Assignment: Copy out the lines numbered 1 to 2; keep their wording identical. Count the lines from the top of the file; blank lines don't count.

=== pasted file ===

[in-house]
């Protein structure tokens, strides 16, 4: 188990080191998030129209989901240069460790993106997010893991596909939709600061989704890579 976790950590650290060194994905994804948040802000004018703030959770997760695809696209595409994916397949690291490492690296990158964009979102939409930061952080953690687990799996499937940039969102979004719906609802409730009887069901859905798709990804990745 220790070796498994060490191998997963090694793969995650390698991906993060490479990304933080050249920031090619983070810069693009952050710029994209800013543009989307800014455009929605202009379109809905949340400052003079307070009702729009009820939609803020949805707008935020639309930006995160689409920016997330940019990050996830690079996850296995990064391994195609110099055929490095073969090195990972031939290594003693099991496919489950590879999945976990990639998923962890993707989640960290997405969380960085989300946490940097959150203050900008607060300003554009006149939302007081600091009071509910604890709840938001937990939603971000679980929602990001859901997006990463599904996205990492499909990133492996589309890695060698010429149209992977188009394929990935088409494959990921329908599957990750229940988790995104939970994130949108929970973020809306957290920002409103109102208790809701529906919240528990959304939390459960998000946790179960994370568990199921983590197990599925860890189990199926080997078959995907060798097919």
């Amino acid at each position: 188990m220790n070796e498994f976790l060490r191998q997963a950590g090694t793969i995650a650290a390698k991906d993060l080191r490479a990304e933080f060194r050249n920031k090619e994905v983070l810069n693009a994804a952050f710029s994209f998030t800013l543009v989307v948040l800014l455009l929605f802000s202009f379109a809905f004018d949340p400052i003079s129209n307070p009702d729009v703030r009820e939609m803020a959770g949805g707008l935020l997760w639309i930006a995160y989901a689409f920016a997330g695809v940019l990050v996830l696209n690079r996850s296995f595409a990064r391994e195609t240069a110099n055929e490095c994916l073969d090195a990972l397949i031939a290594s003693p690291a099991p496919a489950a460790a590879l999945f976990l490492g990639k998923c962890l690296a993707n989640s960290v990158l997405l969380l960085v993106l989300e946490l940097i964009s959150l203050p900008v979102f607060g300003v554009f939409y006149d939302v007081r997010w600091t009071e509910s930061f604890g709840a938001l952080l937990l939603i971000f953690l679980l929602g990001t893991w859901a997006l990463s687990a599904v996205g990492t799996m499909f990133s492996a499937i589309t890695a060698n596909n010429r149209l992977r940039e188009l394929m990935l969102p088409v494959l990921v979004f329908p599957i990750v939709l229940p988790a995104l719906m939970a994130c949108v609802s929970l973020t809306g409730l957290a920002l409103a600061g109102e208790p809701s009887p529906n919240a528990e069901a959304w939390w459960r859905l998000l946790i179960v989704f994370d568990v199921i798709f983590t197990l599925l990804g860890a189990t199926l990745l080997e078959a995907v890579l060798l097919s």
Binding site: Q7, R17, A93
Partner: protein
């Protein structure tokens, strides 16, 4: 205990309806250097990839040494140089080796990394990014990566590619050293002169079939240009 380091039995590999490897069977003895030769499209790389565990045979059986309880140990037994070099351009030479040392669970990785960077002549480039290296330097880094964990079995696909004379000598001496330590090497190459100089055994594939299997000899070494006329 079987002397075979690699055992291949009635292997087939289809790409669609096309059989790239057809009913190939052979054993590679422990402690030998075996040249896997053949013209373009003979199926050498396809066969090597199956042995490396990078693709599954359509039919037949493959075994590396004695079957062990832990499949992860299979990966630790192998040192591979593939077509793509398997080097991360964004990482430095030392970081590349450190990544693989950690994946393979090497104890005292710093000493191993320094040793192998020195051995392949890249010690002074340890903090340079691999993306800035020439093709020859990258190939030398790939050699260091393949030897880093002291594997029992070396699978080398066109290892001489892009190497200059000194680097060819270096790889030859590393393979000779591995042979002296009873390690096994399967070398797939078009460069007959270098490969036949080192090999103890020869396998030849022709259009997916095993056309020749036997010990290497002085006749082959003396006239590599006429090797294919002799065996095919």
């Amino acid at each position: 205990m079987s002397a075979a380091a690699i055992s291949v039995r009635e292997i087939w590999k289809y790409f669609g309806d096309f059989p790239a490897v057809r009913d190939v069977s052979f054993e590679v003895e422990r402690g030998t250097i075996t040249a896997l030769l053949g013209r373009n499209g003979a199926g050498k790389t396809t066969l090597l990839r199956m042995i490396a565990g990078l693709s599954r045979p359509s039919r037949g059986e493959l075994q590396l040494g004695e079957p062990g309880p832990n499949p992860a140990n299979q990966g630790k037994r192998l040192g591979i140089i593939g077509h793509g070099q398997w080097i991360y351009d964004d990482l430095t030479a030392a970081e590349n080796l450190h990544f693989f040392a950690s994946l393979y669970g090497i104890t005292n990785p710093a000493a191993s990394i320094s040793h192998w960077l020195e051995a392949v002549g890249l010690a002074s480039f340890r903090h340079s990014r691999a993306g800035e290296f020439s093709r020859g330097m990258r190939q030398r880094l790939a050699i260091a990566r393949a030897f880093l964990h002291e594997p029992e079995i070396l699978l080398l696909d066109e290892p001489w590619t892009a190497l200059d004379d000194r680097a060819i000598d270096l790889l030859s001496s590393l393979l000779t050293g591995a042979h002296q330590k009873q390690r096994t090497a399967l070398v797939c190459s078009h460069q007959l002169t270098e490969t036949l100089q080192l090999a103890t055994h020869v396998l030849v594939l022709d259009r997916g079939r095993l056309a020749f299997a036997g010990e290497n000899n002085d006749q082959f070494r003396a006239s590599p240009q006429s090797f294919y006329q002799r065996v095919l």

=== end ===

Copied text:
[in-house]
């Protein structure tokens, strides 16, 4: 188990080191998030129209989901240069460790993106997010893991596909939709600061989704890579 976790950590650290060194994905994804948040802000004018703030959770997760695809696209595409994916397949690291490492690296990158964009979102939409930061952080953690687990799996499937940039969102979004719906609802409730009887069901859905798709990804990745 220790070796498994060490191998997963090694793969995650390698991906993060490479990304933080050249920031090619983070810069693009952050710029994209800013543009989307800014455009929605202009379109809905949340400052003079307070009702729009009820939609803020949805707008935020639309930006995160689409920016997330940019990050996830690079996850296995990064391994195609110099055929490095073969090195990972031939290594003693099991496919489950590879999945976990990639998923962890993707989640960290997405969380960085989300946490940097959150203050900008607060300003554009006149939302007081600091009071509910604890709840938001937990939603971000679980929602990001859901997006990463599904996205990492499909990133492996589309890695060698010429149209992977188009394929990935088409494959990921329908599957990750229940988790995104939970994130949108929970973020809306957290920002409103109102208790809701529906919240528990959304939390459960998000946790179960994370568990199921983590197990599925860890189990199926080997078959995907060798097919």